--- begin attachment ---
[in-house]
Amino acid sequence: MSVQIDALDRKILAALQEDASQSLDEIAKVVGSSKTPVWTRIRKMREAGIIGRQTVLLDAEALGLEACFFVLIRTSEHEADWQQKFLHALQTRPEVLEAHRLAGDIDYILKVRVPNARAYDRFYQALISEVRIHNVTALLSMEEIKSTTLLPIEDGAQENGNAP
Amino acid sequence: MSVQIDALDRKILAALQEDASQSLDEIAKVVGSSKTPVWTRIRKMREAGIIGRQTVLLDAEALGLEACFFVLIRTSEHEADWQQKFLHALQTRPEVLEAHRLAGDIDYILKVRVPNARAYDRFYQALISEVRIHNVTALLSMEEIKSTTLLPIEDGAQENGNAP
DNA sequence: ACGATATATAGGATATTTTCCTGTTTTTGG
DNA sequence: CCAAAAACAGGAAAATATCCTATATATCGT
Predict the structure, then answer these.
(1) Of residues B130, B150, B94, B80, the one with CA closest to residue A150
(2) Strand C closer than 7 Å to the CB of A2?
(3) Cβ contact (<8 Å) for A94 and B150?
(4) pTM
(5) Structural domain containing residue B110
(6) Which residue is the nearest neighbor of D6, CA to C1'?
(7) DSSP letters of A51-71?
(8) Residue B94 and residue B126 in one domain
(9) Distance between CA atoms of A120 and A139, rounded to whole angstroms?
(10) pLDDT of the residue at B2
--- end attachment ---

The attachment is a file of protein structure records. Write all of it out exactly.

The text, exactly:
[in-house]
Amino acid sequence: MSVQIDALDRKILAALQEDASQSLDEIAKVVGSSKTPVWTRIRKMREAGIIGRQTVLLDAEALGLEACFFVLIRTSEHEADWQQKFLHALQTRPEVLEAHRLAGDIDYILKVRVPNARAYDRFYQALISEVRIHNVTALLSMEEIKSTTLLPIEDGAQENGNAP
Amino acid sequence: MSVQIDALDRKILAALQEDASQSLDEIAKVVGSSKTPVWTRIRKMREAGIIGRQTVLLDAEALGLEACFFVLIRTSEHEADWQQKFLHALQTRPEVLEAHRLAGDIDYILKVRVPNARAYDRFYQALISEVRIHNVTALLSMEEIKSTTLLPIEDGAQENGNAP
DNA sequence: ACGATATATAGGATATTTTCCTGTTTTTGG
DNA sequence: CCAAAAACAGGAAAATATCCTATATATCGT
Predict the structure, then answer these.
(1) Of residues B130, B150, B94, B80, the one with CA closest to residue A150
(2) Strand C closer than 7 Å to the CB of A2?
(3) Cβ contact (<8 Å) for A94 and B150?
(4) pTM
(5) Structural domain containing residue B110
(6) Which residue is the nearest neighbor of D6, CA to C1'?
(7) DSSP letters of A51-71?
(8) Residue B94 and residue B126 in one domain
(9) Distance between CA atoms of A120 and A139, rounded to whole angstroms?
(10) pLDDT of the residue at B2